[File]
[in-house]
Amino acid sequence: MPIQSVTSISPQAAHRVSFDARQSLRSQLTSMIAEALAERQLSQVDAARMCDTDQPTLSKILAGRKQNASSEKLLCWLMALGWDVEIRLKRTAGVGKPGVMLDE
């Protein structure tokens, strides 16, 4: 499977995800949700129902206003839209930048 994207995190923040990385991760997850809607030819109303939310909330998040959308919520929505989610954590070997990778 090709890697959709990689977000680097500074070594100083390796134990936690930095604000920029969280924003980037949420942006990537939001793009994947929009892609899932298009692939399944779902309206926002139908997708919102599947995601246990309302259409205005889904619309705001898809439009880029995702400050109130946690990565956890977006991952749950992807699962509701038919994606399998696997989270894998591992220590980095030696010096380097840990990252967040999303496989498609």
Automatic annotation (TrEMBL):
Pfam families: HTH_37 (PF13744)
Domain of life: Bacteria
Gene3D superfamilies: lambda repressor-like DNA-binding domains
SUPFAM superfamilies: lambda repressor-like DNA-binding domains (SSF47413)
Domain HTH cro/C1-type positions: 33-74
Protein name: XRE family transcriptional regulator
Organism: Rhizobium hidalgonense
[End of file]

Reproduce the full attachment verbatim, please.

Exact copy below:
[in-house]
Amino acid sequence: MPIQSVTSISPQAAHRVSFDARQSLRSQLTSMIAEALAERQLSQVDAARMCDTDQPTLSKILAGRKQNASSEKLLCWLMALGWDVEIRLKRTAGVGKPGVMLDE
């Protein structure tokens, strides 16, 4: 499977995800949700129902206003839209930048 994207995190923040990385991760997850809607030819109303939310909330998040959308919520929505989610954590070997990778 090709890697959709990689977000680097500074070594100083390796134990936690930095604000920029969280924003980037949420942006990537939001793009994947929009892609899932298009692939399944779902309206926002139908997708919102599947995601246990309302259409205005889904619309705001898809439009880029995702400050109130946690990565956890977006991952749950992807699962509701038919994606399998696997989270894998591992220590980095030696010096380097840990990252967040999303496989498609």
Automatic annotation (TrEMBL):
Pfam families: HTH_37 (PF13744)
Domain of life: Bacteria
Gene3D superfamilies: lambda repressor-like DNA-binding domains
SUPFAM superfamilies: lambda repressor-like DNA-binding domains (SSF47413)
Domain HTH cro/C1-type positions: 33-74
Protein name: XRE family transcriptional regulator
Organism: Rhizobium hidalgonense